“Master-less” Data Management – What’s in a Name?

Originally posted on LinkedIn here.

I work for a company providing SaaS applications in the healthcare and higher education space. Not only do we have multiple product lines, each with variations (loosely overlapping, perhaps, but various when looked at generally) in their data structures, but we have thousands of members providing self-structured content that also does not conform to a universal, standard submission structure.

I have been leading a project out of our Higher Ed space for the last couple of years to try to establish a unifying infrastructure that directly attacks this diversity through establishing a meta data repository describing the content and its various relationships to our various product lines. Not to get too deep into details, our solution uses the meta data to auto-generate on-the-fly transformation programs for delivering member data to each of their subscriptions.

Our meta data model assumes diversity of domains, not just in sources but also in targets, and provides a basic representation of the equivalences across the different domains. It provides as a first-order concept this notion of domain, permitting us to track aliases across domains, and to capture formula that establish construction logic to force consistency (this is how we add logic to our auto-generated code).

When we started, we performed extensive searches for existing software frameworks that could be applied to our use case. While we found many potential products, we never found one that actually addressed our conception of heterogeneous, multitudinous domains. What we found were many many products and frameworks that took the stance that there really would be only one “canonical” domain at the top of all else.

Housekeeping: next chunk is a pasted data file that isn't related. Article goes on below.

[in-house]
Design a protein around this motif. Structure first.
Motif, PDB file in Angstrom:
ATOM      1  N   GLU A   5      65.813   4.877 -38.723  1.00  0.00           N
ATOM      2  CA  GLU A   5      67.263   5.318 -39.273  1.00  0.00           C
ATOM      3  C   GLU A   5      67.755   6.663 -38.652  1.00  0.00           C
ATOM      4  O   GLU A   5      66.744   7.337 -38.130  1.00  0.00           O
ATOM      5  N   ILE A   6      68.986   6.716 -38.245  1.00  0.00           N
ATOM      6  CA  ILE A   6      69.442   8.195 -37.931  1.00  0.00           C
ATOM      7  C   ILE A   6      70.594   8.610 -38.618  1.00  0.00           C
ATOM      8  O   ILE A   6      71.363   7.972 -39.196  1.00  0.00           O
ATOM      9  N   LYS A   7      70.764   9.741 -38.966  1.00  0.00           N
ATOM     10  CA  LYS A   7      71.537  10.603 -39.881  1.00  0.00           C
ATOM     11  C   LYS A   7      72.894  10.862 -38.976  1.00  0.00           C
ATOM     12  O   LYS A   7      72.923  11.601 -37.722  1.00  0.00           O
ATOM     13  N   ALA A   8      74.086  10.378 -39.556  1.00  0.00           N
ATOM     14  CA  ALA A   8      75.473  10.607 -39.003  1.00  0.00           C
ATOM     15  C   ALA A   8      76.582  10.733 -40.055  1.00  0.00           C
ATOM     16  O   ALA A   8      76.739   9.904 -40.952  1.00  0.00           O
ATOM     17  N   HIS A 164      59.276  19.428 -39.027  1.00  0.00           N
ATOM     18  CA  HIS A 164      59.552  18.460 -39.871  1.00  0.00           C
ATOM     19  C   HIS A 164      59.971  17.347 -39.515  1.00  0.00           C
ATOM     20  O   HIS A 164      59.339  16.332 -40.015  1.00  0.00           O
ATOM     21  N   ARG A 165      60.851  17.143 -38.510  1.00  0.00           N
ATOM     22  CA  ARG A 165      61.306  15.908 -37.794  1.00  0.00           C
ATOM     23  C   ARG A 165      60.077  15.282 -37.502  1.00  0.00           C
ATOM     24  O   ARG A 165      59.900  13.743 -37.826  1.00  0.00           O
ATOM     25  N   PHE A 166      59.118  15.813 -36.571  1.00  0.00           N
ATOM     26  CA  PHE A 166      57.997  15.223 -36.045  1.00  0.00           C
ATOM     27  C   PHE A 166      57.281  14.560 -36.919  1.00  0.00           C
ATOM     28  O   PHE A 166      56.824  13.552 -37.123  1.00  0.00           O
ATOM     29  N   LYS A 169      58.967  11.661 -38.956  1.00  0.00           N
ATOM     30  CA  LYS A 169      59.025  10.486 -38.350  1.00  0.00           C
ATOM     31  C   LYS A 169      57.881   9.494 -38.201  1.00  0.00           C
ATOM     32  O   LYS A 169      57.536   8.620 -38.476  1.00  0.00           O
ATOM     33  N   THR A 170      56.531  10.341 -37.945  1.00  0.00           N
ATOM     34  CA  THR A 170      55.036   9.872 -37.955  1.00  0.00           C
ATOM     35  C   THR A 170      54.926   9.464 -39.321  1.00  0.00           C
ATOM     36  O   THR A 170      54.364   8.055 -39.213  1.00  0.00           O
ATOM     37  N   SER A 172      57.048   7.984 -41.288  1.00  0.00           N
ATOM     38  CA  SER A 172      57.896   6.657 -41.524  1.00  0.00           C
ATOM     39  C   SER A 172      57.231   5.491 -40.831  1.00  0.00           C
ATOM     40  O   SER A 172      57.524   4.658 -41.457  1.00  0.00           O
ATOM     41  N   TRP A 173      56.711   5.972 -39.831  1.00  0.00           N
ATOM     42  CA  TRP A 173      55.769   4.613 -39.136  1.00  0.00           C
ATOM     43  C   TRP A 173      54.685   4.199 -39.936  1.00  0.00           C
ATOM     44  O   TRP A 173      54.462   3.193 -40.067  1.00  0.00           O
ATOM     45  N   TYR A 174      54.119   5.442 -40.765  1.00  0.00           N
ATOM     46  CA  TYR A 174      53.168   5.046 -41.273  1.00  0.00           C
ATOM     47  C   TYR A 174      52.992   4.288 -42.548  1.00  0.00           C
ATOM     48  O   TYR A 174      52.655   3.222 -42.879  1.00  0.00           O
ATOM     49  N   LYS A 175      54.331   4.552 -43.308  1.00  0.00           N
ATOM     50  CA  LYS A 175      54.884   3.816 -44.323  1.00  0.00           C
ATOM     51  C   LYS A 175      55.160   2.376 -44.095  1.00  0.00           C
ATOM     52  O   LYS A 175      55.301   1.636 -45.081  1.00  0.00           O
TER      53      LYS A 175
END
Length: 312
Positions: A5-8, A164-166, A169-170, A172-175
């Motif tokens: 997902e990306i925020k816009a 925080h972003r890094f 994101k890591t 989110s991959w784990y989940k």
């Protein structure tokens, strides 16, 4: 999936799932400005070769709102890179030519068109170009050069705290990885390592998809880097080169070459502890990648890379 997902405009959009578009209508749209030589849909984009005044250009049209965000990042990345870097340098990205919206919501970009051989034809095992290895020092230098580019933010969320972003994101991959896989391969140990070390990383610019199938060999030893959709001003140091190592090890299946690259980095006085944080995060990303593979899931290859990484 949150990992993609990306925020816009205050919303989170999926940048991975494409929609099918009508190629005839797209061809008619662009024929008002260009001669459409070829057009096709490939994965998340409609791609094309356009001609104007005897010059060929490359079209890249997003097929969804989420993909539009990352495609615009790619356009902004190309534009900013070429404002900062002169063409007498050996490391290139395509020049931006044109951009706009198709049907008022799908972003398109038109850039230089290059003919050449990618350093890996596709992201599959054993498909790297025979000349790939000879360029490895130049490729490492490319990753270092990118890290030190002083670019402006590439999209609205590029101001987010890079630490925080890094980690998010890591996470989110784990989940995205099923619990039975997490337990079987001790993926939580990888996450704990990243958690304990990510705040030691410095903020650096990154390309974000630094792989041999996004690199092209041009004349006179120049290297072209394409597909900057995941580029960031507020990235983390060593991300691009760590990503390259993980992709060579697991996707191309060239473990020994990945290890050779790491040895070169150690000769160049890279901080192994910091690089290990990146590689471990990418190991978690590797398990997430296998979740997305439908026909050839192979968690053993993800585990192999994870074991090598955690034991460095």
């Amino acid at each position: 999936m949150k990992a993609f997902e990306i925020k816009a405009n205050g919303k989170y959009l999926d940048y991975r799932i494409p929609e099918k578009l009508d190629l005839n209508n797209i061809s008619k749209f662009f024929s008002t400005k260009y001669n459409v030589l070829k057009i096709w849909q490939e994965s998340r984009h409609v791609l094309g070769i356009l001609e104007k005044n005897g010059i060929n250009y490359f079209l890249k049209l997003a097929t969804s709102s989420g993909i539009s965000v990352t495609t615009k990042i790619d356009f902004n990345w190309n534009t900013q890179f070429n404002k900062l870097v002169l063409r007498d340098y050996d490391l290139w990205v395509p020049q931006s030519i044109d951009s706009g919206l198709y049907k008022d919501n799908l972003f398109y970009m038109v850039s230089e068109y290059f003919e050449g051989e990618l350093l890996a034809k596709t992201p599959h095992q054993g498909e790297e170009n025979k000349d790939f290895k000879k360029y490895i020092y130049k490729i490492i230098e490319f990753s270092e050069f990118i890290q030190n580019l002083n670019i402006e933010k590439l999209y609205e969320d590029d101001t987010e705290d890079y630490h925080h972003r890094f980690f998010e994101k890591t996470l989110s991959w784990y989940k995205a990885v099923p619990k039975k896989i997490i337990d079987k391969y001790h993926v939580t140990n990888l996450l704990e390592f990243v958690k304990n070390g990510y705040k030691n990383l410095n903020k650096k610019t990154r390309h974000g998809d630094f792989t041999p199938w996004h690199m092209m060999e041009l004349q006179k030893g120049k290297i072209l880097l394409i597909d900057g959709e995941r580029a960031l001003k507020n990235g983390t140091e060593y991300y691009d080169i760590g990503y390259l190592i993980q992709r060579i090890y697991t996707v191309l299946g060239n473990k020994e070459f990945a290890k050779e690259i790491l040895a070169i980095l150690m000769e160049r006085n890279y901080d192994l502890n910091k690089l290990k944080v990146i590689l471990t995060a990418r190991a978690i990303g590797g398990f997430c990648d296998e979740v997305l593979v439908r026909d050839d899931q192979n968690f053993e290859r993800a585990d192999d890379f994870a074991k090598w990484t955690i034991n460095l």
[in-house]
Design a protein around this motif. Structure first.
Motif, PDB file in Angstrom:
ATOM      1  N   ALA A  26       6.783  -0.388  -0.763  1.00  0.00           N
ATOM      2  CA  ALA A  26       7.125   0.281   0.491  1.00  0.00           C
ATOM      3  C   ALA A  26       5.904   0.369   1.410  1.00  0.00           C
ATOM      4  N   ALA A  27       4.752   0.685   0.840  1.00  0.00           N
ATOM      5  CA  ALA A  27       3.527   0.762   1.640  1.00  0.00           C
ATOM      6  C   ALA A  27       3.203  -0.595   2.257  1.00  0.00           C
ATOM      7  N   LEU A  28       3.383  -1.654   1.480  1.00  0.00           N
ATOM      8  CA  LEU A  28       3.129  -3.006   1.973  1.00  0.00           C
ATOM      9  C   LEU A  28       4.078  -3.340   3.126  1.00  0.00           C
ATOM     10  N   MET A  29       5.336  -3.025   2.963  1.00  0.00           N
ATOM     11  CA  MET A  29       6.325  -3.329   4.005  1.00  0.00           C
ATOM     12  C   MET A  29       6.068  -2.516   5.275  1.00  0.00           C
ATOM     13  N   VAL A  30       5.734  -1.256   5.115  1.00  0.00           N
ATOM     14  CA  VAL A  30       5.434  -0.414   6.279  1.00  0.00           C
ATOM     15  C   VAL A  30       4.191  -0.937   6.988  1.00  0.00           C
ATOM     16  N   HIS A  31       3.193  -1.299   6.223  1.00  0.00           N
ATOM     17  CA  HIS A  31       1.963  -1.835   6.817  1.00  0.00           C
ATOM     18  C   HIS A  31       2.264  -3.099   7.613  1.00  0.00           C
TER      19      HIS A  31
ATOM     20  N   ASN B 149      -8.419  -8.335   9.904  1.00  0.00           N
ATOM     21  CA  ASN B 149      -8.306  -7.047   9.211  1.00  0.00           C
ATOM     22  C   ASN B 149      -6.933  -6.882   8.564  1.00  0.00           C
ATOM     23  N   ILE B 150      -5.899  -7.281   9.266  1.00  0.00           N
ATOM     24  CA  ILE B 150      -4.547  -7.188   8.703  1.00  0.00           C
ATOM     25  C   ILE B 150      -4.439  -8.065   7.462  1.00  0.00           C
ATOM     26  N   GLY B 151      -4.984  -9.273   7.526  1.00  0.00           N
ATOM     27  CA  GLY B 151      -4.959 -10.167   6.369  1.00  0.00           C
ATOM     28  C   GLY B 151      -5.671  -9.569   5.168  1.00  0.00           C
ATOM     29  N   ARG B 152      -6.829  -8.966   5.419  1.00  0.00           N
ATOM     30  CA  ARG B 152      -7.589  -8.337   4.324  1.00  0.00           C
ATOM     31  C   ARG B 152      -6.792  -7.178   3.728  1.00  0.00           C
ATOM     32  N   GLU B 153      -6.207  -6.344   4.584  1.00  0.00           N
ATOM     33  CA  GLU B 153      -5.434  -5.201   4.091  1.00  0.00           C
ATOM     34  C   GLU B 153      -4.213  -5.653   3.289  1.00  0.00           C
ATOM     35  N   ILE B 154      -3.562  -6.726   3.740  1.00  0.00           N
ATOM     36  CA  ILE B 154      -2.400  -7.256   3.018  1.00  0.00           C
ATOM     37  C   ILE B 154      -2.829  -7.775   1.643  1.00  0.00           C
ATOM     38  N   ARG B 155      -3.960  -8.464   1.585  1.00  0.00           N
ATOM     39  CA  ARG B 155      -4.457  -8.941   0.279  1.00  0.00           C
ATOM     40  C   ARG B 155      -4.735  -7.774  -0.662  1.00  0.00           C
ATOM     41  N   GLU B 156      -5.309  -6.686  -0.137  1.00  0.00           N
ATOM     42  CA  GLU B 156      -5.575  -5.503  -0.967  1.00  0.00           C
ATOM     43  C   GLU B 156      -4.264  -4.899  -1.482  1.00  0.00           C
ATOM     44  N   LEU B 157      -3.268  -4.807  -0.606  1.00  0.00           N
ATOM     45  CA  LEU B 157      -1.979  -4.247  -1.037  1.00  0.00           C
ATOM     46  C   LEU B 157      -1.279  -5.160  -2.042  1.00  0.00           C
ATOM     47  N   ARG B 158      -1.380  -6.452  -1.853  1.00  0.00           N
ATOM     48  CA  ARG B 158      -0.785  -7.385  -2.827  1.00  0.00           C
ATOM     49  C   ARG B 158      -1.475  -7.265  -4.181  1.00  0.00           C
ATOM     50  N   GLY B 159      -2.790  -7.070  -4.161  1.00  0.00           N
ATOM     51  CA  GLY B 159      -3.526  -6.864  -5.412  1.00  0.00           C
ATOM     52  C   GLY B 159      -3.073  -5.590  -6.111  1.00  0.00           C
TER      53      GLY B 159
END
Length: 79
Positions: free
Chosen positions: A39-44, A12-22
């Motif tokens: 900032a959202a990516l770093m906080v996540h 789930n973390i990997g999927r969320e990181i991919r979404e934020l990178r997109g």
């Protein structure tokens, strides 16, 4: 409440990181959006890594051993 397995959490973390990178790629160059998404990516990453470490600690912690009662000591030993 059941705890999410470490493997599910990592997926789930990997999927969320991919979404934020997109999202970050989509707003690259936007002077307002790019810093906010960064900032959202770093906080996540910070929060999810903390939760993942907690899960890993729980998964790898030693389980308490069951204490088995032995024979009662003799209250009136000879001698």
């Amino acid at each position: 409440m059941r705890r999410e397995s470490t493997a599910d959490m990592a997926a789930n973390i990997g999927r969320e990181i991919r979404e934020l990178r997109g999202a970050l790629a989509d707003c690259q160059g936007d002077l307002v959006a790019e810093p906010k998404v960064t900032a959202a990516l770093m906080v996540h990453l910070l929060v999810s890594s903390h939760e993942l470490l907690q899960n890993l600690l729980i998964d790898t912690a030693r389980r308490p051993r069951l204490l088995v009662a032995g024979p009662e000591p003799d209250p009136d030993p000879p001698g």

Our concern with these tools was that it would force our product lines to have to prematurely establish a single, overarching model of the business space. We felt this would be too constraining to our ability to develop new features and products in an aggressive and agile manner.

Hence, we undertook development of our own multi-domain, meta data repository, and the associated, basic transformation generation capability already mentioned. This has been slowly building in capabilities, and we are now supporting multiple product lines.

What is most interesting to me about the approach, however, is how it is beginning to show the potential power of a bottom-up approach to defining that overarching, “canonical” model. We can already see how, using such techniques as automated transitive closure to “clone” meta data across domains, a larger model of the Higher Ed space is emerging.

I’ve been thinking about terminology a lot, and I used to love to coin a phrase. But I’m now of a mind that permitting multiple, slightly overlapping names for slightly overlapping concepts can be a good thing. So, getting to the actual point of this discussion, I thought I’d ask for comments around some of the variations of names I’ve been working through to describe this technique/phenomenon. Let me know what you all think of these. What do they connote to you?

Emergent Data Management, or Emergent MDM: since the master model emerges from or is made visible through the amalgamation of hundreds of variations

Master-less Data Management – kind of a play on words, really, reflecting that the whole is, at core, not curated purposefully, but still implying that there is control and regularity to the endeavor

I thought about trying to incorporate the jaunty, self-contradictory nuance around the name “NoSql”, but I thought “No Data Management” was too easily mistaken as implying no actual management.

(I once posted about this before on another blog, and had come up with several other names,)

I’d also be interested in seeing hints/suggestions for other emerging technologies, services, frameworks or packages that might support the approach I’ve just described.


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